WASHINGTON, DC – House Democratic Whip Steny Hoyer (MD) released the following statement today regarding language in President Bush’s Fiscal Year 2005 Budget Analytical Perspectives (page 218) which states:
“Pay Raises.-The Administration proposes a rule to enforce the annual pay raise for Federal employees in order to avoid the substantial future costs associated with higher pay raises. To accomplish this, the budget resolution would specify pay raises assumed for military and Federal civilian employees for the budget year. A point of order would lie against any provision containing a pay raise greater than that assumption.”
Below is Representative Hoyer’s statement:
“The Administration's proposal, as I understand it, is troubling on two levels. It shows a basic disregard for federal civilian employees as well as for the independence of the legislative branch's budget and appropriations processes. The Bush Administration tucked this controversial provision into the massive budget request with as little explanation as possible. This process should concern every member of Congress and every citizen.
“If the Bush Administration decides not to follow the FEPCA (Federal Employee Pay Comparability Act) law this year, as happened last year, I will use every available mechanism to ensure pay parity and will join with members on both sides of the aisle who support the bipartisan pay parity principle.”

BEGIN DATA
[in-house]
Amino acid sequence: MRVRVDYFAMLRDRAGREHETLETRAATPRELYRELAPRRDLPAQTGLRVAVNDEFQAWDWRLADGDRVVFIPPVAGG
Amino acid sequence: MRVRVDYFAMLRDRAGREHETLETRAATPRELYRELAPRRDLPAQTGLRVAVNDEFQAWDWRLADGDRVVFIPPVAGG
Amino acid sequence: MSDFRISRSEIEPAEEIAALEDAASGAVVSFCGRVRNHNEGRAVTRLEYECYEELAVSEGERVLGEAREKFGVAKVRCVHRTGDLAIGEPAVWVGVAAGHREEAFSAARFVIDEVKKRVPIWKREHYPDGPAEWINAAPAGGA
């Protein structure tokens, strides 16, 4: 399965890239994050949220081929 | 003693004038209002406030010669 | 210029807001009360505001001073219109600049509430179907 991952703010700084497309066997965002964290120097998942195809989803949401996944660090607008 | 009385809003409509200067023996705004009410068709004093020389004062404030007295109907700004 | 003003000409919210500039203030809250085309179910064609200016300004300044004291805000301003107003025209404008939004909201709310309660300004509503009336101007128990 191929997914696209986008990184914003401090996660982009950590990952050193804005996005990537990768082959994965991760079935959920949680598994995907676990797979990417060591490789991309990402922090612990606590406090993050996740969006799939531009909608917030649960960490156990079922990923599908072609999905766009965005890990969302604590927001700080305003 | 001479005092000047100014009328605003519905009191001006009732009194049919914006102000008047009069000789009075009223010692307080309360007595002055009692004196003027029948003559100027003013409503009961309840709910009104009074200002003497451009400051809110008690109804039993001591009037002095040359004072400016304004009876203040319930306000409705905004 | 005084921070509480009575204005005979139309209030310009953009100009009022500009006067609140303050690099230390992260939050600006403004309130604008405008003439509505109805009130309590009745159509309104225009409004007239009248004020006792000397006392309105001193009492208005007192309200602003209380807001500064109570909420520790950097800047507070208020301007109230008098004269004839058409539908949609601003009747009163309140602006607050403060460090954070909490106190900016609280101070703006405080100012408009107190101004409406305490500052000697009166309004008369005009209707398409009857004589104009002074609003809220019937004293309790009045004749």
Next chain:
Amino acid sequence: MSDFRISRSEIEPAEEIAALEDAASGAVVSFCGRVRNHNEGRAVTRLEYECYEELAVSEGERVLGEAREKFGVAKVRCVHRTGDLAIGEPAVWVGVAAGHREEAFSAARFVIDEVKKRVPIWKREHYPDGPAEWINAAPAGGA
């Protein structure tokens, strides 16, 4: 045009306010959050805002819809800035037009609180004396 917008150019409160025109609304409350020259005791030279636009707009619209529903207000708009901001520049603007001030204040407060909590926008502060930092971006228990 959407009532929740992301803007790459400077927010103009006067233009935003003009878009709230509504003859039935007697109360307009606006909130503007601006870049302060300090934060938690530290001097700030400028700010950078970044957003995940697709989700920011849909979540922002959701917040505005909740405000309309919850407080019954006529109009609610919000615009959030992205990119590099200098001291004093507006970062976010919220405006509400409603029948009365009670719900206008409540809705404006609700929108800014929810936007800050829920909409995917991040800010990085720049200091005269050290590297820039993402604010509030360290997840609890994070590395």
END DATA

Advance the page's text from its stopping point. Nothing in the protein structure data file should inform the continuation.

Congressman Hoyer, a leader on federal employee issues, introduced this week with Congressman Tom Davis (R-VA), and the entire bipartisan regional delegation, bipartisan legislation (H. Con. Res. 356) that would put Congress on record as supporting the principle of pay parity.
There are 1.8 million civilian federal employees across the country - in the Department of Defense alone there are over 600,000 civilian federal employees. Over the past two decades, both the House and Senate have consistently recognized that Congress and the Executive Branch should not undermine the morale of dedicated Federal public servants by failing to bring their pay adjustments in line with military personnel.
The principle of parity stems from the recognition that the pay for civilian and military employees simply has not kept pace with increases in the private sector. According to the most recent studies, a 32 percent pay gap exists between the civilian employees and their private sector counterparts and an estimated 5.4 percent gap exists between the military service members and the private sector.